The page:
Rock Creek Park serves as a natural oasis within the heavily urbanized District of Columbia. Many plant and animal species consider the forested landscape of the park home. Meadows and stream habitats provide even more biodiversity; the Hay's spring amphipod is an endangered species found within the park. Rock Creek Park is also an important resting spot for neo-tropical migrant birds on their way south to their wintering grounds or on their way north to their breeding grounds.
Being an urban nature park, Rock Creek Park also faces many environmental challenges. Invasive, non-native plant species, stormwater runoff, an unsustainable number of white-tailed deer, and climate change, all pose major threats to the health of the park. Click on the links at right or below to read more and to see what National Park Service staff and partners are doing to mitigate the effects of these critical issues.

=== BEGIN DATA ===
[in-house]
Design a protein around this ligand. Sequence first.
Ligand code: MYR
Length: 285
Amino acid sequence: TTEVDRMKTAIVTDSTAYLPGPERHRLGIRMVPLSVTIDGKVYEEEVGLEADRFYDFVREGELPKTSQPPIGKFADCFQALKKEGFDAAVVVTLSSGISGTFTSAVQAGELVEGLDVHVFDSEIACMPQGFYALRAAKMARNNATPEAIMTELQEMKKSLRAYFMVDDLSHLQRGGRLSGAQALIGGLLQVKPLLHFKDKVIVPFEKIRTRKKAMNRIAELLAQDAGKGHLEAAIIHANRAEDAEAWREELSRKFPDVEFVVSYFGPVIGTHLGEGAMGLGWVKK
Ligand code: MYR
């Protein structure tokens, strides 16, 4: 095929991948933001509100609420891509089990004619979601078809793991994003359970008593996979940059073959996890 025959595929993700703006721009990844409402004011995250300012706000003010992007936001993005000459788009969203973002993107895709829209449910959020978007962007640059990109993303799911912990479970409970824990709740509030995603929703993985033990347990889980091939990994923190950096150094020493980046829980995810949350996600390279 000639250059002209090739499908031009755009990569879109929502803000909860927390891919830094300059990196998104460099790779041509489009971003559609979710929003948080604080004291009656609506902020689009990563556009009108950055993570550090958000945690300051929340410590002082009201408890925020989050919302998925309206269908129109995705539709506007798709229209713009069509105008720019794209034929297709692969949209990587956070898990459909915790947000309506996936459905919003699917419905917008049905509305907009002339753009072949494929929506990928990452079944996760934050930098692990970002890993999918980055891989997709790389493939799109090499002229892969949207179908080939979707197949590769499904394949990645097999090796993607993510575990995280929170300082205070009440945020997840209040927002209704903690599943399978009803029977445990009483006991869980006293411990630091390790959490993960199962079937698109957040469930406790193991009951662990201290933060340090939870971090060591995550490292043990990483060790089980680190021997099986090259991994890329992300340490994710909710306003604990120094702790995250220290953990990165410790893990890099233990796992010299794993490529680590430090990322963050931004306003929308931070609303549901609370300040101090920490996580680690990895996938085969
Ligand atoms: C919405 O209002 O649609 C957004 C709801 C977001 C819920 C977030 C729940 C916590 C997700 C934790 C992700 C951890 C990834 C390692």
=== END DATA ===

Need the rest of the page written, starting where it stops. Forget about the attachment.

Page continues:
NEW! Exploring Natural Communities - A natural community is a combination of native plants and animals repeatedly occurring together in a particular natural environment that has experienced minimal human-caused disturbance or has recovered from that disturbance. In partnership with Nature Serve, Rock Creek Park has developed a new website to explore what flora and fauna call the park home. Learn more at ExploreNaturalCommnunities.org
Water quality challenges in Rock Creek Park: http://www.rockcreekconservancy.org/index.php/rock-creek/water-quality
Information on the plants, animals, watershed, and geology of Rock Creek Park: http://www.rockcreekconservancy.org/index.php/rock-creek
Learn about national capital area natural resources on the National Park Service Center for Urban Ecology website: http://www.nps.gov/cue/
National Park Service information on climate change and mitigation: http://www.nature.nps.gov/climatechange/